Car reviews - Ford - Mondeo - hatch/wagon range
Ford takes aim at user-choosers with Mondeo’s broader, tailored range
14 Aug 2009
NOBODY will deny that the current-generation Ford Mondeo is anything less than a first-class family-car effort, but it seems that insufficient buyers are aware of this fact. So Ford Australia is trying again, with a revised Mondeo featuring a stylish and practical wagon, as well as a wider and better-equipped choice of hatchback models. Sadly, the underrated sedan is now dead, and diesel fans will have to wait until the end of the year for the highly anticipated TDCi wagon to lob. But as it stands, the new MB Mondeo continues to lead a competitive segment on competence and value for money. All Ford needs now is for more private and fleet buyers to take notice.
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Ford MA MondeoReleased: October 2007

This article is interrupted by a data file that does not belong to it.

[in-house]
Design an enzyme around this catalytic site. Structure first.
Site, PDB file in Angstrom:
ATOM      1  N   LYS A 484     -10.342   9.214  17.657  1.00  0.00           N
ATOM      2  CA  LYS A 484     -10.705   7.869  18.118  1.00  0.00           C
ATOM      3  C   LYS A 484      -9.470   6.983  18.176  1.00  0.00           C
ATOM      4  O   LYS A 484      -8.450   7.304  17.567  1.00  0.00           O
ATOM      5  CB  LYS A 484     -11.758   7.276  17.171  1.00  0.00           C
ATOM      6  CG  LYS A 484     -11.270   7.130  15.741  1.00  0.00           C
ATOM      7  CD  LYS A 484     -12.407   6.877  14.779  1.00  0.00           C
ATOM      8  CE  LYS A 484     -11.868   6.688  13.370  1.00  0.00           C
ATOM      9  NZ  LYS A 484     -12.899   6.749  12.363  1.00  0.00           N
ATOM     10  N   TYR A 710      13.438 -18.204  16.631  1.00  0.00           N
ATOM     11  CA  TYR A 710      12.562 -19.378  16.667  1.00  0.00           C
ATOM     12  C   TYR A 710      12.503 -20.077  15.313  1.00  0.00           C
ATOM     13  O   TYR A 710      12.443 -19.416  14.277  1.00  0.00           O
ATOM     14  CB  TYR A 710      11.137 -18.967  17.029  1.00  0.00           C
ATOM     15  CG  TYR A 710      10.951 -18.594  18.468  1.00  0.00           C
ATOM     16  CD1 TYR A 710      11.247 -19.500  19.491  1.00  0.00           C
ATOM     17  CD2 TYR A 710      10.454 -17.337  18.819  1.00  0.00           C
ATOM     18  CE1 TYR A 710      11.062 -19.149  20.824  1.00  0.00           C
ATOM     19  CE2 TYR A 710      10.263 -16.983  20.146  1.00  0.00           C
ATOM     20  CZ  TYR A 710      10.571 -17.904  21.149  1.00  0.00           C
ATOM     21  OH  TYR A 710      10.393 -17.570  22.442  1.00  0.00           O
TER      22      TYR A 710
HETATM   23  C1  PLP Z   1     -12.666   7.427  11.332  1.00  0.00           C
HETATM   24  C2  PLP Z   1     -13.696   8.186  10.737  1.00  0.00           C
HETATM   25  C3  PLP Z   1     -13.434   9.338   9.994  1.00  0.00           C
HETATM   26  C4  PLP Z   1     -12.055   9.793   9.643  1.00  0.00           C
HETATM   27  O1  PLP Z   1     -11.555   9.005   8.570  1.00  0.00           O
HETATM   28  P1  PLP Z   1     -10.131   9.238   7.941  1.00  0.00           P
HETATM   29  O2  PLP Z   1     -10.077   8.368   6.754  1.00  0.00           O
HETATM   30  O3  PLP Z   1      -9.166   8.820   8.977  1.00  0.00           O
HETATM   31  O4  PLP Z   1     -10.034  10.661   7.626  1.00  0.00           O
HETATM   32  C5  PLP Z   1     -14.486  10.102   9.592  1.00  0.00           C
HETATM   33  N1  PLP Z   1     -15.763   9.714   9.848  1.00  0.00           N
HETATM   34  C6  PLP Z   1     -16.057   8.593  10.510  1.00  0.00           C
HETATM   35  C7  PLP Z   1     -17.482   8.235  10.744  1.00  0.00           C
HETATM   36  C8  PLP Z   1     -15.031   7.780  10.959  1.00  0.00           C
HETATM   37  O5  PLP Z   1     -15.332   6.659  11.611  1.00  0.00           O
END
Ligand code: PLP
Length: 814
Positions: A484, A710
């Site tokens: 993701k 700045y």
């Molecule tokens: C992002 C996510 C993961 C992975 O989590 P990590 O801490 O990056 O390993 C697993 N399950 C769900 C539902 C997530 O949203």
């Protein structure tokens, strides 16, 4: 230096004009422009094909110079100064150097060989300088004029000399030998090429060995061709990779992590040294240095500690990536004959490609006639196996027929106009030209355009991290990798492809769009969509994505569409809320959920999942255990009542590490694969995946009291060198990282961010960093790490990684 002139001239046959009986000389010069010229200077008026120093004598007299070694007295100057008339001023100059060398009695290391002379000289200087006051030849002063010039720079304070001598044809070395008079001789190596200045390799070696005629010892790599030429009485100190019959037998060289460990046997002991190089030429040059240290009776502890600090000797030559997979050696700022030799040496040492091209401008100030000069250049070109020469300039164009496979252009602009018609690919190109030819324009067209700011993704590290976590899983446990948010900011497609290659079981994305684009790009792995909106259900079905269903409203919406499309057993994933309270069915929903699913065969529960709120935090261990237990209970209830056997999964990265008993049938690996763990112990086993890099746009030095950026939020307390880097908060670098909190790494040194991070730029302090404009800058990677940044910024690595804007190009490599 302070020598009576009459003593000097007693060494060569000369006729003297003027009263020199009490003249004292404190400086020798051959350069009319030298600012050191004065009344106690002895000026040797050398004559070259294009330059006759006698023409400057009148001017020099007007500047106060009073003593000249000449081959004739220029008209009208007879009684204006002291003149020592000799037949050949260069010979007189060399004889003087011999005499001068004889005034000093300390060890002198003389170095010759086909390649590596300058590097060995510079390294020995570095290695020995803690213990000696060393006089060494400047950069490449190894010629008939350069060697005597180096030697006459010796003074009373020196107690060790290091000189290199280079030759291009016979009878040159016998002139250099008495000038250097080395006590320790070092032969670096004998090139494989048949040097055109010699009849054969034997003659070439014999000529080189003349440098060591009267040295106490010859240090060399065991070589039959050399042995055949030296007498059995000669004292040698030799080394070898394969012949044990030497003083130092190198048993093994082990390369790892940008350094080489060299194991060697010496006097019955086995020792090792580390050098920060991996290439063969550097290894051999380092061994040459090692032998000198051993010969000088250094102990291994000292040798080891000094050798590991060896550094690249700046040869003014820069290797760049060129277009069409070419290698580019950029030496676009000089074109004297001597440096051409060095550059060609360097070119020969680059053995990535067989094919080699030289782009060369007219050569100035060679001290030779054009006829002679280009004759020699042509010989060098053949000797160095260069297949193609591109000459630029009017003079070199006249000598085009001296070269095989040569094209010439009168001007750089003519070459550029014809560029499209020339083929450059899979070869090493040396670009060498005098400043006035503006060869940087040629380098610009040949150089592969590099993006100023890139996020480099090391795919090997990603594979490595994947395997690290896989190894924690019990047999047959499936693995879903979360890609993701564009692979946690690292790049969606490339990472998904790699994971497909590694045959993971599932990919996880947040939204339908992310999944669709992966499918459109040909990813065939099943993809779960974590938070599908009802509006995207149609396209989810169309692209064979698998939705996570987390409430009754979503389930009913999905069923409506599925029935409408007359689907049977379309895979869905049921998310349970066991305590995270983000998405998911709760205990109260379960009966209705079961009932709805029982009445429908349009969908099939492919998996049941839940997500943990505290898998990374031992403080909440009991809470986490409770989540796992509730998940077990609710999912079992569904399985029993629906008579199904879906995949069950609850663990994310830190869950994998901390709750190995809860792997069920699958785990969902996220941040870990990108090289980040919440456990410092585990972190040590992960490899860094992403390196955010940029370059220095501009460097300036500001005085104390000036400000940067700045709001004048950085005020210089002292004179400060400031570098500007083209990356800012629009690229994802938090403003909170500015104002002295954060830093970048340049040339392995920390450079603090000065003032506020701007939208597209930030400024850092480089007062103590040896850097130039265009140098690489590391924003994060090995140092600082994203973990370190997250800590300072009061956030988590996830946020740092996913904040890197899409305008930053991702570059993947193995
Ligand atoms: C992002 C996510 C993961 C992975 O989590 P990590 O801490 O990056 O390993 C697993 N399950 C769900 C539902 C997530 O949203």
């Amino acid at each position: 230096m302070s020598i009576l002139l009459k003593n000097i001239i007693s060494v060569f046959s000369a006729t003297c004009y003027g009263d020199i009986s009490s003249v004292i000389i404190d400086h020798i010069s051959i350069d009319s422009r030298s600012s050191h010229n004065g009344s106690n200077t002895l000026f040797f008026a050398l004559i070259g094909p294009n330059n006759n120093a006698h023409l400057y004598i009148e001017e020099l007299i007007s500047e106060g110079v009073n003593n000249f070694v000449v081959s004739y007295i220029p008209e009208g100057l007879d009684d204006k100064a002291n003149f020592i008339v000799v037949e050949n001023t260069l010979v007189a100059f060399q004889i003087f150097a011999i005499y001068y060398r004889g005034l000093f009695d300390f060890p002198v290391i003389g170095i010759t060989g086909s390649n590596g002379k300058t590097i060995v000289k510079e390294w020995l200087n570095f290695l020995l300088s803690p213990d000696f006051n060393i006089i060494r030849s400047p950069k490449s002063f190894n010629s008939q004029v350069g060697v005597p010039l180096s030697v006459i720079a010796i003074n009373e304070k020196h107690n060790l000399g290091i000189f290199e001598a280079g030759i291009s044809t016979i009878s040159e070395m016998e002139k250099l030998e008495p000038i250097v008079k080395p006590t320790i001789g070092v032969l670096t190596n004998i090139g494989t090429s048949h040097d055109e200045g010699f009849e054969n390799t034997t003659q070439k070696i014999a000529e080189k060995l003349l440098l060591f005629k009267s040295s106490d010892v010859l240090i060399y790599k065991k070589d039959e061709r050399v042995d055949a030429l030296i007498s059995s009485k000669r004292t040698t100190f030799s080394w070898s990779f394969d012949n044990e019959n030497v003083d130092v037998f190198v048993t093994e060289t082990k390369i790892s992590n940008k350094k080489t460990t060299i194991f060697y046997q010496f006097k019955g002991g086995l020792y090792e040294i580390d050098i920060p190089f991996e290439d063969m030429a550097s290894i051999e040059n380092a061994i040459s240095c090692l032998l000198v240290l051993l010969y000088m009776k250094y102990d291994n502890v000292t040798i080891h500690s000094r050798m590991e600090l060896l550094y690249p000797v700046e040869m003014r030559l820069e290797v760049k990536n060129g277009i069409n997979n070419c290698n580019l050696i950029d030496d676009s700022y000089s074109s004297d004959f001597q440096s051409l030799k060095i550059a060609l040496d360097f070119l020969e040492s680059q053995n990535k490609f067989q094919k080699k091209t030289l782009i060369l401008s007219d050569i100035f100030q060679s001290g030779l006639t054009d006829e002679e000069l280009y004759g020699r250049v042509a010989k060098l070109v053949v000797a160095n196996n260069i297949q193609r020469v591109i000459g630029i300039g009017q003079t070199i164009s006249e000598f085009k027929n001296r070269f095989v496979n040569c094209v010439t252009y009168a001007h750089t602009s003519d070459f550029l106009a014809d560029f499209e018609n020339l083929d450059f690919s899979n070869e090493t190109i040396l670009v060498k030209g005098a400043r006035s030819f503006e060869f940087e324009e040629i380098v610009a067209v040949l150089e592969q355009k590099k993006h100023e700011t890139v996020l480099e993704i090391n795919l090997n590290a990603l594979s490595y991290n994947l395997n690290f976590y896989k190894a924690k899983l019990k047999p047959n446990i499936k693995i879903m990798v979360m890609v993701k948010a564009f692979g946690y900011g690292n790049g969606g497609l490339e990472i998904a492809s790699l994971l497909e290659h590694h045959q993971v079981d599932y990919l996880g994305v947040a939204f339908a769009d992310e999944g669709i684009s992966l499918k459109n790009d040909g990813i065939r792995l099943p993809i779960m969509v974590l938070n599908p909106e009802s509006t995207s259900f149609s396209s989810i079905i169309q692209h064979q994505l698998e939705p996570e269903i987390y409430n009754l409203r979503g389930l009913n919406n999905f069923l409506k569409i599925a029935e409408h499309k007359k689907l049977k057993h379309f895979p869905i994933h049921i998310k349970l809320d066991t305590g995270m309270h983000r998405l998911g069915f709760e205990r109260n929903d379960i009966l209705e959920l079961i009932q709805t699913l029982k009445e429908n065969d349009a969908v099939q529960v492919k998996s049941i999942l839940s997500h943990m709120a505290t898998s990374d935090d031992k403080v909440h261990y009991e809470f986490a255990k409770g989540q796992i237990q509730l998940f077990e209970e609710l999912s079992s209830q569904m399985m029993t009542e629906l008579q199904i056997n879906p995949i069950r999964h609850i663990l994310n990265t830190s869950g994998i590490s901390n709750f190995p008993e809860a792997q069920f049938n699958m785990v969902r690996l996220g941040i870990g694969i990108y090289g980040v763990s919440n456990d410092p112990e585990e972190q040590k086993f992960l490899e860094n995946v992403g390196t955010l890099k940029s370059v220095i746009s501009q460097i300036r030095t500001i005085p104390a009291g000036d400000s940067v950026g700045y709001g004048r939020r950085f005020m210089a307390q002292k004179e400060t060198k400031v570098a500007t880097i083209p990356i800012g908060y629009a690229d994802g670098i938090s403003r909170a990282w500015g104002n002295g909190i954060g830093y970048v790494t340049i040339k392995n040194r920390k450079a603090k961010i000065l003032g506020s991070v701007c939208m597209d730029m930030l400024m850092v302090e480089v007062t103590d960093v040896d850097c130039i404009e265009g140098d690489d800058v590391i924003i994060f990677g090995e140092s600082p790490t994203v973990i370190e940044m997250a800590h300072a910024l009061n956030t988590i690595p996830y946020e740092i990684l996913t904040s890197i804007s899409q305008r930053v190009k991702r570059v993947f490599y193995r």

Ended: July 2009
Family Tree: Mondeo
FORD released a modern classic in the shape of the MA Mondeo four-door sedan and five-door hatch in the dying months of 2007. Built off an extended version of the highly regarded second-generation Focus small car, the third-generation mid-sized Ford to wear the Mondeo name since 1993 reintroduced the nameplate to Australians after the HE Mondeo was discontinued in late 2000. Two four-cylinder engines were offered: a Mazda6-sourced 118kW/208Nm 2.3-litre petrol and a 96kW/320Nm 2.0-litre TDCi turbo-diesel, while the sporty XR5 Turbo range-topper boasted a 166kW/320Nm 2.5-litre in-line five-cylinder powerplant courtesy of Volvo. The latter’s six-speed manual was the only gearbox alternative to the others’ standard six-speed automatic. Handling, ride and steering characteristics were first class for the medium class, helping the MA Mondeo to achieve a modest level of success. All cars were built in Belgium.
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